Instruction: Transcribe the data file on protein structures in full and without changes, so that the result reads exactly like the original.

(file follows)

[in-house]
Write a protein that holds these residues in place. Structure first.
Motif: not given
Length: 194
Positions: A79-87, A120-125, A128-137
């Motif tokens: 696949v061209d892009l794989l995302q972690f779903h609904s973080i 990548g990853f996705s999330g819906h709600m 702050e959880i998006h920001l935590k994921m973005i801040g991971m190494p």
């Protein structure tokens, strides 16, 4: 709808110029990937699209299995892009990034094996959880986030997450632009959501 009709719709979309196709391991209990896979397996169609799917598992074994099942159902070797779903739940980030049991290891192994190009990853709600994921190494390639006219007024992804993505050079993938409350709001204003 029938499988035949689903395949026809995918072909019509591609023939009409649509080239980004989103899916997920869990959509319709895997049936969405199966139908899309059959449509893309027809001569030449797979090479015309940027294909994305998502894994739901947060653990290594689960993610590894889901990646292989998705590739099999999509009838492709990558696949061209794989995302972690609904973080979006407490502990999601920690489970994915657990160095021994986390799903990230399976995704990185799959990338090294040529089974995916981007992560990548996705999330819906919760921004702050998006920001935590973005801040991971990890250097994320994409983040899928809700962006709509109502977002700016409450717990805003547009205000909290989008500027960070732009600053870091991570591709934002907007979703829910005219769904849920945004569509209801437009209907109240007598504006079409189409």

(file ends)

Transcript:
[in-house]
Write a protein that holds these residues in place. Structure first.
Motif: not given
Length: 194
Positions: A79-87, A120-125, A128-137
């Motif tokens: 696949v061209d892009l794989l995302q972690f779903h609904s973080i 990548g990853f996705s999330g819906h709600m 702050e959880i998006h920001l935590k994921m973005i801040g991971m190494p």
């Protein structure tokens, strides 16, 4: 709808110029990937699209299995892009990034094996959880986030997450632009959501 009709719709979309196709391991209990896979397996169609799917598992074994099942159902070797779903739940980030049991290891192994190009990853709600994921190494390639006219007024992804993505050079993938409350709001204003 029938499988035949689903395949026809995918072909019509591609023939009409649509080239980004989103899916997920869990959509319709895997049936969405199966139908899309059959449509893309027809001569030449797979090479015309940027294909994305998502894994739901947060653990290594689960993610590894889901990646292989998705590739099999999509009838492709990558696949061209794989995302972690609904973080979006407490502990999601920690489970994915657990160095021994986390799903990230399976995704990185799959990338090294040529089974995916981007992560990548996705999330819906919760921004702050998006920001935590973005801040991971990890250097994320994409983040899928809700962006709509109502977002700016409450717990805003547009205000909290989008500027960070732009600053870091991570591709934002907007979703829910005219769904849920945004569509209801437009209907109240007598504006079409189409």